Church, what if we think _______ diagnosis isn’t a real thing?

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Church, what if we think _______ diagnosis isn’t a real thing?

As one with a “subjective” illness (actually several of them), explaining what I can and can’t do on any given day, feeling the eye rolls as I say I can’t do the stairs today, having someone say “you don’t look sick” a hundred times a year, or that on certain days I can’t eat certain foods… It’s hard. I have often wished I had something like a missing limb as an observable representation of my challenges, something understandable to those on the outside who have not yet experienced, chronic, progressive disease. The physiological and emotional struggles can be hard, but the weight of how others perceive it and communicate verbally and non verbally about it can add an unnecessary added burden that turns to shame. As if I should be ashamed of things I didn’t choose over my life and health. I appreciated this article for it’s clear communication and biblical examples that touch a tender place in me.

Church4EveryChild

shutterstock_149729270May 3rd-9th is Children’s Mental Health Week. Today, Shannon speaks out about the propensity of others to question the legitimacy of a child’s psychiatric diagnosis.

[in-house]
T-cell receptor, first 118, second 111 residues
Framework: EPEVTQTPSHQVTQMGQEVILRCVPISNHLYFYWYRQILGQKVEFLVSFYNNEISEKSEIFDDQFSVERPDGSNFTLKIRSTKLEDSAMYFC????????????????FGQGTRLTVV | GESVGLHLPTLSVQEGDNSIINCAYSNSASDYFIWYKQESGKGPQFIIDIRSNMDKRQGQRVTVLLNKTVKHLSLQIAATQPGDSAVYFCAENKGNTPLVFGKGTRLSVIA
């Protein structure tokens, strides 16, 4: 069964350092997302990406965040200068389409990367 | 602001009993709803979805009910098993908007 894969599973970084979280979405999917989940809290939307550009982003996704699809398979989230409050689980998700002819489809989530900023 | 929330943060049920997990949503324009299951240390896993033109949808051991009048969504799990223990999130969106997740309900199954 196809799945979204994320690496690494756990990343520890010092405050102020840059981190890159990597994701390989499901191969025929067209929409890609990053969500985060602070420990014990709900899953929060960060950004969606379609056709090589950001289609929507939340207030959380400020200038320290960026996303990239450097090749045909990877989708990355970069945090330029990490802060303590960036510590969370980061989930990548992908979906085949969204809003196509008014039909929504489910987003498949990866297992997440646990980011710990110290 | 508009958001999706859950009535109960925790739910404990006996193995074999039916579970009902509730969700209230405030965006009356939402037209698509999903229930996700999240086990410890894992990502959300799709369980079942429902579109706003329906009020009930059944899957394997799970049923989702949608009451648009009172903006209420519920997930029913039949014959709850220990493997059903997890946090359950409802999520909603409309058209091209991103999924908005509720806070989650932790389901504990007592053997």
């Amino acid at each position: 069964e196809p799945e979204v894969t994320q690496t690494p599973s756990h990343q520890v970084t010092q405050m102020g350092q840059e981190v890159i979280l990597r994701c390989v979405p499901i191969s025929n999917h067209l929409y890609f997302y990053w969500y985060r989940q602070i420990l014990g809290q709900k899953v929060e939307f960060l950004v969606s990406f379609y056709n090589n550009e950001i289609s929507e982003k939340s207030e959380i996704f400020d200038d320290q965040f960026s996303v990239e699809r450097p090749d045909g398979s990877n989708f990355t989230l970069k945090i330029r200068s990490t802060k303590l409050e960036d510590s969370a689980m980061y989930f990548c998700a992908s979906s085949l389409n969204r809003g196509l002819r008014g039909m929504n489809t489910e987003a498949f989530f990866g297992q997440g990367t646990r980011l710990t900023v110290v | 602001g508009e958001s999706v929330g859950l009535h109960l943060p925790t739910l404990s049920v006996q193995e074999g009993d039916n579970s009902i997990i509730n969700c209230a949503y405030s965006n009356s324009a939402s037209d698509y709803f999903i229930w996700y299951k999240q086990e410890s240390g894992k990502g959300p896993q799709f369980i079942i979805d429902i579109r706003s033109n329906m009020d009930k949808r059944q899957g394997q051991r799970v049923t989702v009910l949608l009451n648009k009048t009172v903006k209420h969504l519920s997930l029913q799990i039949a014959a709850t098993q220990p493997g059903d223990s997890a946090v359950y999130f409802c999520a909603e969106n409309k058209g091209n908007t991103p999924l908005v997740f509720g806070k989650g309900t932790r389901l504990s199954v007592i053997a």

Everybody has that nowadays.

Isn’t that just a checklist thing? I mean, it’s not a real diagnosis, right?

That’s just an excuse for bad behaviors.

That’s so overdiagnosed.

When I was growing up, we didn’t label kids like that, and we did just fine.

I hear these comments often, usually about ADHD,  Asperger’s Disorder and childhood trauma. I’d love to address them, first as a special educator, then as a ministry leader, and finally as a mom.

In this post, I’m going to focus specifically on ADHD, but please keep in mind that these are CERTAINLY not limited to that areas of diagnosis. In my city and at my church, I’ve noticed that people only make such comments with boldness about ADHD. When they make…

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About Syndal Leigh

Avid reader and peppermint tea drinker, softball coach, and crafter who has a love for roasted cauliflower and pizza and is learning the best things in the world are simple, sometimes countercultural, and extraordinarily normal.

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